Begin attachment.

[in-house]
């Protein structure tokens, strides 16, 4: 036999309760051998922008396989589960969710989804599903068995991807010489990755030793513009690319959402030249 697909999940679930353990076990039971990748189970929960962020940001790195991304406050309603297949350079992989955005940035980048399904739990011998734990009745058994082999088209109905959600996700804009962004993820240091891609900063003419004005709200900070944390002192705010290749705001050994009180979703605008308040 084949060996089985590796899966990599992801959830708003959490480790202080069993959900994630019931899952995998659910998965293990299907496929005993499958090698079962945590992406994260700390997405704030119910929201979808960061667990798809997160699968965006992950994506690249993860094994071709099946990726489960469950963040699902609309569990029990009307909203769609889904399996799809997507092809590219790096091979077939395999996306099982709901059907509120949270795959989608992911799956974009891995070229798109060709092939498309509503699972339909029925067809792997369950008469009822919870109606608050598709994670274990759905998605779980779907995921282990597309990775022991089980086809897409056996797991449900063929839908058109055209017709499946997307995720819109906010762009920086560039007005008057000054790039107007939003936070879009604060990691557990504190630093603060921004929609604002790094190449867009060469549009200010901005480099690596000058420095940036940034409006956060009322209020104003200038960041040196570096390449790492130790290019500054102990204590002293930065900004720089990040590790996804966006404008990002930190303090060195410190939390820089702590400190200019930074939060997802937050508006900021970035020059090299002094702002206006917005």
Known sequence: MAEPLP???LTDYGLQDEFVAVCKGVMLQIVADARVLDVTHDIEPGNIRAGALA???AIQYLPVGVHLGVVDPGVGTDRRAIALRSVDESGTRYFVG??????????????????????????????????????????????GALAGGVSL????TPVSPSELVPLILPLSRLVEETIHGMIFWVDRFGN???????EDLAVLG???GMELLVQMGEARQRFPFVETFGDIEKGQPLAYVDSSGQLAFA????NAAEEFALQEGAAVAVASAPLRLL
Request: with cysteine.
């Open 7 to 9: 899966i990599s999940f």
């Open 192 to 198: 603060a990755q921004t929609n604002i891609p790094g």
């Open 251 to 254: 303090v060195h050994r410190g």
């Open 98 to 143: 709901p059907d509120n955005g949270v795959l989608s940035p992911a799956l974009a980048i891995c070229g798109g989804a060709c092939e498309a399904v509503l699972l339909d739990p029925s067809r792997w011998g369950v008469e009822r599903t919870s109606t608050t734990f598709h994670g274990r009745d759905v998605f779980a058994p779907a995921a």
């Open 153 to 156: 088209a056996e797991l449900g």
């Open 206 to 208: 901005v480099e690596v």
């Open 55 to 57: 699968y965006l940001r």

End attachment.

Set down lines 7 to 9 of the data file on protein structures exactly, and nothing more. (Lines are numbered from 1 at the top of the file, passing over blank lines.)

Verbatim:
């Open 251 to 254: 303090v060195h050994r410190g």
């Open 98 to 143: 709901p059907d509120n955005g949270v795959l989608s940035p992911a799956l974009a980048i891995c070229g798109g989804a060709c092939e498309a399904v509503l699972l339909d739990p029925s067809r792997w011998g369950v008469e009822r599903t919870s109606t608050t734990f598709h994670g274990r009745d759905v998605f779980a058994p779907a995921a």
């Open 153 to 156: 088209a056996e797991l449900g």